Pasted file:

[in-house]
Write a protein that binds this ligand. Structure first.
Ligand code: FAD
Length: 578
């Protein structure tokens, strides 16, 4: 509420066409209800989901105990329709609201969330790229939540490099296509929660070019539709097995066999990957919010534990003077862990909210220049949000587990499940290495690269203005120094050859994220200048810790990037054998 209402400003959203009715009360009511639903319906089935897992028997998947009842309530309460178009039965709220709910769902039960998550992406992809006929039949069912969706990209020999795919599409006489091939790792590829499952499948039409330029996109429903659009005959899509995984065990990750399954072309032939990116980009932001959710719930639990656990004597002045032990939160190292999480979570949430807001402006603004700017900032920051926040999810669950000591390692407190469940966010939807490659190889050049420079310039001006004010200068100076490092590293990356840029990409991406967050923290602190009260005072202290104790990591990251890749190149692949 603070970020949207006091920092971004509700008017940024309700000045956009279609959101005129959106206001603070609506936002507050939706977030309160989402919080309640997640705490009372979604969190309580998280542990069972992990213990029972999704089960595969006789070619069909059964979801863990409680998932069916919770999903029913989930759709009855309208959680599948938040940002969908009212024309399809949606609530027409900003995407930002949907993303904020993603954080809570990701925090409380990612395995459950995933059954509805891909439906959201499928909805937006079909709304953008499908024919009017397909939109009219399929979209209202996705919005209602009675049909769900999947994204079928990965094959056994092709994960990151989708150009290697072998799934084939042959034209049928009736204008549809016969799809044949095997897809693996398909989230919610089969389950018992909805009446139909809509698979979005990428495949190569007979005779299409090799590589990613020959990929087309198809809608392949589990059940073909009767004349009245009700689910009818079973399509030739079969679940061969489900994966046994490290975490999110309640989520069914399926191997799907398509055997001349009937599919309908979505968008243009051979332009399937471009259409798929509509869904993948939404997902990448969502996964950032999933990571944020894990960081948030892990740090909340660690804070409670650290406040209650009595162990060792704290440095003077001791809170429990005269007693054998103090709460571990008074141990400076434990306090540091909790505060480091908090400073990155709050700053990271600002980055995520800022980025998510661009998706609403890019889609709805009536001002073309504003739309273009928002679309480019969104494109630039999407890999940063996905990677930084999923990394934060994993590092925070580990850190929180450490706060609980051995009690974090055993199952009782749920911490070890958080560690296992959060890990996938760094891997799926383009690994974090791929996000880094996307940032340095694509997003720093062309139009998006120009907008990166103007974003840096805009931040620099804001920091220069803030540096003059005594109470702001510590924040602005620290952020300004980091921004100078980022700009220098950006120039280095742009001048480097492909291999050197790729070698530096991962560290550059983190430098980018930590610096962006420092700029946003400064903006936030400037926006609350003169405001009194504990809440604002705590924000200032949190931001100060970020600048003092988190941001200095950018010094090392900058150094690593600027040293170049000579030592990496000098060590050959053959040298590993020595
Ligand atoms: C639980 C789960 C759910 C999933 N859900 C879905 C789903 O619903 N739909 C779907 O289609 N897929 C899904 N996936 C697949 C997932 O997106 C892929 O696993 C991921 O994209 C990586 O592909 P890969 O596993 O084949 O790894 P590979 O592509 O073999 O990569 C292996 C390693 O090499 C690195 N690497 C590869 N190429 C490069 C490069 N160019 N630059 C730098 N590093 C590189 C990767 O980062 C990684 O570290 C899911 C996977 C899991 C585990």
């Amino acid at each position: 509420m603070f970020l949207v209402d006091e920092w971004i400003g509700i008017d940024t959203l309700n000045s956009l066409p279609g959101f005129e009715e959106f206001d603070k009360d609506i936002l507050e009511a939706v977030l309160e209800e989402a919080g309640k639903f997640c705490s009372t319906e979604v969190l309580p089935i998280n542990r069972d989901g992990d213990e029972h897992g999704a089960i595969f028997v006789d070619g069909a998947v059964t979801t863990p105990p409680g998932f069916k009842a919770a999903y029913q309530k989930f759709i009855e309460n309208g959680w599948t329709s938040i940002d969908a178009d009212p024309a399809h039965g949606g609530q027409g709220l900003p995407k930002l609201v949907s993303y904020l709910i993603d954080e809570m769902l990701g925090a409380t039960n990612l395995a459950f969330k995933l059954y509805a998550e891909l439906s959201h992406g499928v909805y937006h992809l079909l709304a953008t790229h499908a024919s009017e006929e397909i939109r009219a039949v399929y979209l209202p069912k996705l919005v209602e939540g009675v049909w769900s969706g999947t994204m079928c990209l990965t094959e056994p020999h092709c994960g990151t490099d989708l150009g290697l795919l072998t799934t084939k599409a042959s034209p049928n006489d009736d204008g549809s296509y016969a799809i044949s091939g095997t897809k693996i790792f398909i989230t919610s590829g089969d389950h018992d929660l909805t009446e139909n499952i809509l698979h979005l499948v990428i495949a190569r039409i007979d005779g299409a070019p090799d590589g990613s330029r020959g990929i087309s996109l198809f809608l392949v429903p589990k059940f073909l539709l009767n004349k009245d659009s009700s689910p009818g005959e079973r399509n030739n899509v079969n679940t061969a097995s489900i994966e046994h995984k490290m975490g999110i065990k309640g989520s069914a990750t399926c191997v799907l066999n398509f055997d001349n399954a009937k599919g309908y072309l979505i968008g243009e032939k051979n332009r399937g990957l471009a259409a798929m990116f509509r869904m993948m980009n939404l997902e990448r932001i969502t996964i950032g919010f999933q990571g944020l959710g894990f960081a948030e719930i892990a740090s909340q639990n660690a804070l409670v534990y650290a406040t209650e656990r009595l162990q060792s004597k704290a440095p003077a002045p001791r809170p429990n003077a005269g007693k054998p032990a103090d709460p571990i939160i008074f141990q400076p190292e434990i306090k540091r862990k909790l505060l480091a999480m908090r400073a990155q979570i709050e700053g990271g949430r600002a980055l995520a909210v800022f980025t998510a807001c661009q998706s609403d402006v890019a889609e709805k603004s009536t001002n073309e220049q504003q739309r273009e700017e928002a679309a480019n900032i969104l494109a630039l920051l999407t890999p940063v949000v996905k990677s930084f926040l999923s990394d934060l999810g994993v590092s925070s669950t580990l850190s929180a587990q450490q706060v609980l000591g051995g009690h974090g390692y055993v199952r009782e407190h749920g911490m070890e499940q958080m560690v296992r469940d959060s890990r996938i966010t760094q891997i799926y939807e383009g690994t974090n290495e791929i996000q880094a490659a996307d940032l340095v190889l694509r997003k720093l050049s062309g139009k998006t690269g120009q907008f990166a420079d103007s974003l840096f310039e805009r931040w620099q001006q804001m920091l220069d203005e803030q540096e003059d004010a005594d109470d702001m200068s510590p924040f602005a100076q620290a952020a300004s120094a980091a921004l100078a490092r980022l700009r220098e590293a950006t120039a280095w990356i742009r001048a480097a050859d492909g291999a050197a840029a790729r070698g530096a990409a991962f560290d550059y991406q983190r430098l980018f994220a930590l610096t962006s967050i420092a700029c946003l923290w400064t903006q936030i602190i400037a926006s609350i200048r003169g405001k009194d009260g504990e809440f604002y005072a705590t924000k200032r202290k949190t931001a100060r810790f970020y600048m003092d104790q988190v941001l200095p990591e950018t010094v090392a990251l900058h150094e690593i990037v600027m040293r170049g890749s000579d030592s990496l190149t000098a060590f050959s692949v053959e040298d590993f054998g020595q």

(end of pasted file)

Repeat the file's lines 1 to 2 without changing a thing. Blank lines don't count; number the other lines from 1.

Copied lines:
[in-house]
Write a protein that binds this ligand. Structure first.